Friday, March 26, 2010

Starting to brew - some tips

Every so often someone asks me how they can get started brewing.  It's a great question, and since everyone who brews is a new brewer once everyone has a story.  Here are my suggestions on what to do if you want to start brewing:
  •  Watch a video on homebrewing to see if it looks like something you want to do. Here's a good example:
  • Try brewing with someone else.  If you don't know a brewer, look for a club in your area (see on the Homebrewers Association website, or google Homebrew clubs in your area.  Or ask at a local homebrew shop if you have one.  When you contact a club, just tell them you want to learn how to brew and you are experimenting. Brewers are friendly people and I'm sure they will hook you up with someone who is brewing quickly!
  • Read a book about brewing.  From my experience, John Palmer's How to Brew is the best one going. He has lots of detailed tutorial information for your first batch, and a really useful amount of information on the science of brewing that you will be interested in later.  I still refer to this book for information on a regular basis.
  • Get a kit for your first batch--but make sure it is fresh! Note that there are both equipment kits and recipe kits--you will need both unless they are selling a combo for beginners.  Kits are usually graded for level of difficulty, so make sure you pick one that is "beginner" for your fist batch.  There are some good options online at Beer, Beer, and More Beer, Northern Brewer, or William's Brewing--or go to your local home brew shop.    Fresh ingredients are key, don't let them sell you the dusty old kit that's been on the shelf for months--get one that is new and has fresh ingredients or don't buy anything!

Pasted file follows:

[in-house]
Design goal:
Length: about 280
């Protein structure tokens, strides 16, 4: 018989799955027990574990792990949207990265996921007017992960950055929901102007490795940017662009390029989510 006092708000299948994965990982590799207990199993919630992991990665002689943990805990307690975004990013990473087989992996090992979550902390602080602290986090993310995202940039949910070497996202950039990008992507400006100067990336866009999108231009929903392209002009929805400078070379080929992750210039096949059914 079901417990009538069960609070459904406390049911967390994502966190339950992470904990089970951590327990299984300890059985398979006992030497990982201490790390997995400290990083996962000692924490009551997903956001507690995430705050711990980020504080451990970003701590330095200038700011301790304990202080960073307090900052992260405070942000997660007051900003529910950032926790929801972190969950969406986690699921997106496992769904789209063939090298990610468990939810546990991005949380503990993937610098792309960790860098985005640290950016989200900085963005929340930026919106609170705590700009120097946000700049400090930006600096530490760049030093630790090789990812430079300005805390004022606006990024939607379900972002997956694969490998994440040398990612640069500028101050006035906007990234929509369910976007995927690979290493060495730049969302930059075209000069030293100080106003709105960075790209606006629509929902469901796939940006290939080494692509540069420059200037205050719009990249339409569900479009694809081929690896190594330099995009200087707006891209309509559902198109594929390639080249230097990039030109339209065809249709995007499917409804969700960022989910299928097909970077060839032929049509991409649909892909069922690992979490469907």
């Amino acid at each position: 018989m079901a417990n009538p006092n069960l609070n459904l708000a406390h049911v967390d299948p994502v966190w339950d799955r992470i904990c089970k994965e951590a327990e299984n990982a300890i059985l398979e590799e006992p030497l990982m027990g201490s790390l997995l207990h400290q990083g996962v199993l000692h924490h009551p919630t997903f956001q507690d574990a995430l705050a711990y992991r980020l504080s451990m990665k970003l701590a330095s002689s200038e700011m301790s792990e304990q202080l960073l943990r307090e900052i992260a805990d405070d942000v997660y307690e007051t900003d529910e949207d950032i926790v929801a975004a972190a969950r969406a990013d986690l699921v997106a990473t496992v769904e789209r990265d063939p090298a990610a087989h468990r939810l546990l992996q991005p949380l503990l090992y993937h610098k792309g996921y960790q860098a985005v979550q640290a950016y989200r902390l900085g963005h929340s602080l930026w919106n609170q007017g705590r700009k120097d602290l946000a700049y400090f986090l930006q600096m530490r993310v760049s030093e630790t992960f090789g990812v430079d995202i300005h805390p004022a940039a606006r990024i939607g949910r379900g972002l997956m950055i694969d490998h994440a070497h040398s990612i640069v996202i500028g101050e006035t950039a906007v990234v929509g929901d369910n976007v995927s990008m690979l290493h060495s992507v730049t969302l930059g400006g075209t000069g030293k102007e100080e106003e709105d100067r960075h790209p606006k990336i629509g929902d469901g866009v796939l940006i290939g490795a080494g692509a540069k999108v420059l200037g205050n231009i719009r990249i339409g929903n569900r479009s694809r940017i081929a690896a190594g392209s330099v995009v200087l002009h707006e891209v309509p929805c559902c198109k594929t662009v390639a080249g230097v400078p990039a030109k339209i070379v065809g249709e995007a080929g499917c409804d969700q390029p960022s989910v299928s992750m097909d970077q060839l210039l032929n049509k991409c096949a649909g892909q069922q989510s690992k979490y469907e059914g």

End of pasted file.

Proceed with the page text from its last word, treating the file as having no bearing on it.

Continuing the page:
I would be remiss if I didn't mention sanitation.  One of the worst things that can happen to your beer is an "infection".  You can prevent this by (a) cleaning thoroughly using something like PBW or B-Brite; and (b) sanitizing everything the beer touches post boil with Iodaphor or StarSan.  Why do I say "post boil"?  Well, the boil sanitizes everything in it.  After the boil, however, you will be putting the chilled wort into a fermenter using a racking cane, tubing, etc., all of which need to be germ free or you risk infection.   A little extra effort will protect your beer!

In the end, brewing is supposed to be fun, so don't take it too seriously, especially the first time out.  As Charlie Papazian says "Relax, have a homebrew!"  You are making beer, after all, not doing brain surgery.

Good luck, and let me know how it goes!

No comments:

Post a Comment